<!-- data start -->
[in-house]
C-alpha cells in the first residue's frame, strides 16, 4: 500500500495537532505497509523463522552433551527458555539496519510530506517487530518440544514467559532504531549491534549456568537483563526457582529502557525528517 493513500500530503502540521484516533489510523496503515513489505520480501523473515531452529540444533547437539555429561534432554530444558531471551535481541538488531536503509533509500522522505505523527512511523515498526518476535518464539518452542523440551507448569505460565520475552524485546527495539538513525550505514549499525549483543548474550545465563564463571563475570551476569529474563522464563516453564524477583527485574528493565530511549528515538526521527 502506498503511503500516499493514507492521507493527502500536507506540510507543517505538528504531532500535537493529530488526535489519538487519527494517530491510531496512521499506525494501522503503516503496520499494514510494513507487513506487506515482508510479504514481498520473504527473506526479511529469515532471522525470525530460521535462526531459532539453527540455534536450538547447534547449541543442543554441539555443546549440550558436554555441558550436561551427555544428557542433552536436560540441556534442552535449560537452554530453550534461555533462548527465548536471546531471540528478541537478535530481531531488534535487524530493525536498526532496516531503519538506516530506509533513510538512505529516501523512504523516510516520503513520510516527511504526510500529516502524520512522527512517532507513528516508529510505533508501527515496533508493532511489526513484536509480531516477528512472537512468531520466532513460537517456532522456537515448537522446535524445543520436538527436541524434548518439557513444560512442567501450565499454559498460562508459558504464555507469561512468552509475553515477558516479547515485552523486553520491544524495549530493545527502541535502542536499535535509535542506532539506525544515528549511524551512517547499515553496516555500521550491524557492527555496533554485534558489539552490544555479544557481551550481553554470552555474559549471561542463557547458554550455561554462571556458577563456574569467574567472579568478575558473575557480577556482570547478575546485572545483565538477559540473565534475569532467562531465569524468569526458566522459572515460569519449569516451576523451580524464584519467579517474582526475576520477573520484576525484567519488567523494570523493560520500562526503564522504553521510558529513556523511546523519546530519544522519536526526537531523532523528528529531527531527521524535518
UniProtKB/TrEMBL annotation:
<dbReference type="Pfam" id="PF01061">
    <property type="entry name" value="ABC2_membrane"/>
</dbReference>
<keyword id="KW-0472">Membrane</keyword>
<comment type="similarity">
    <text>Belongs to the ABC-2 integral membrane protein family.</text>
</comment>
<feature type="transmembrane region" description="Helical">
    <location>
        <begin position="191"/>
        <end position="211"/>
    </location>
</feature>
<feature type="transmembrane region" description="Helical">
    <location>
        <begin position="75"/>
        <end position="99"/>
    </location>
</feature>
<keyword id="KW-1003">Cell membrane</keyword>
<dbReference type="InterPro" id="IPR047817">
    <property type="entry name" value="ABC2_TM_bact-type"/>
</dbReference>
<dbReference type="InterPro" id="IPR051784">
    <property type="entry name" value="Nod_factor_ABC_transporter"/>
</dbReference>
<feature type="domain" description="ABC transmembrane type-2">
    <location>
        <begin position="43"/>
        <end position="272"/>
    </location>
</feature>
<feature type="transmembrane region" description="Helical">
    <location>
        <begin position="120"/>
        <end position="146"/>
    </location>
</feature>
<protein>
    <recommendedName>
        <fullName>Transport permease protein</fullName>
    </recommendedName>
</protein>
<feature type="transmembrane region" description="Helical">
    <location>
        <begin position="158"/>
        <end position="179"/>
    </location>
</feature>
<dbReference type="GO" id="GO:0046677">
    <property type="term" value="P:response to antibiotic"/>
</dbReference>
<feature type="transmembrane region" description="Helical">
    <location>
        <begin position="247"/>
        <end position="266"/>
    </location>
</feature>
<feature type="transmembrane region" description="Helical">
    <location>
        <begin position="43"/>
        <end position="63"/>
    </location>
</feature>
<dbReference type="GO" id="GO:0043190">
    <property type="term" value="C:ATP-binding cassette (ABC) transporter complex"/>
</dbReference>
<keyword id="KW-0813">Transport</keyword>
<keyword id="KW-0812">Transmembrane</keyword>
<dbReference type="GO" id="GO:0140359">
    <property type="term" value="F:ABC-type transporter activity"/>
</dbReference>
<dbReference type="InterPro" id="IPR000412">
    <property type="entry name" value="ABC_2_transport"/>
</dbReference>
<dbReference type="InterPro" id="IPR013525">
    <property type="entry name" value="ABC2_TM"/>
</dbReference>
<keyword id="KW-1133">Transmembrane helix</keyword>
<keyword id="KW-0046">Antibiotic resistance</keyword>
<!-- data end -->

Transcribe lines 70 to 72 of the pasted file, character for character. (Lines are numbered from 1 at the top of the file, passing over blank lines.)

</dbReference>
<keyword id="KW-0813">Transport</keyword>
<keyword id="KW-0812">Transmembrane</keyword>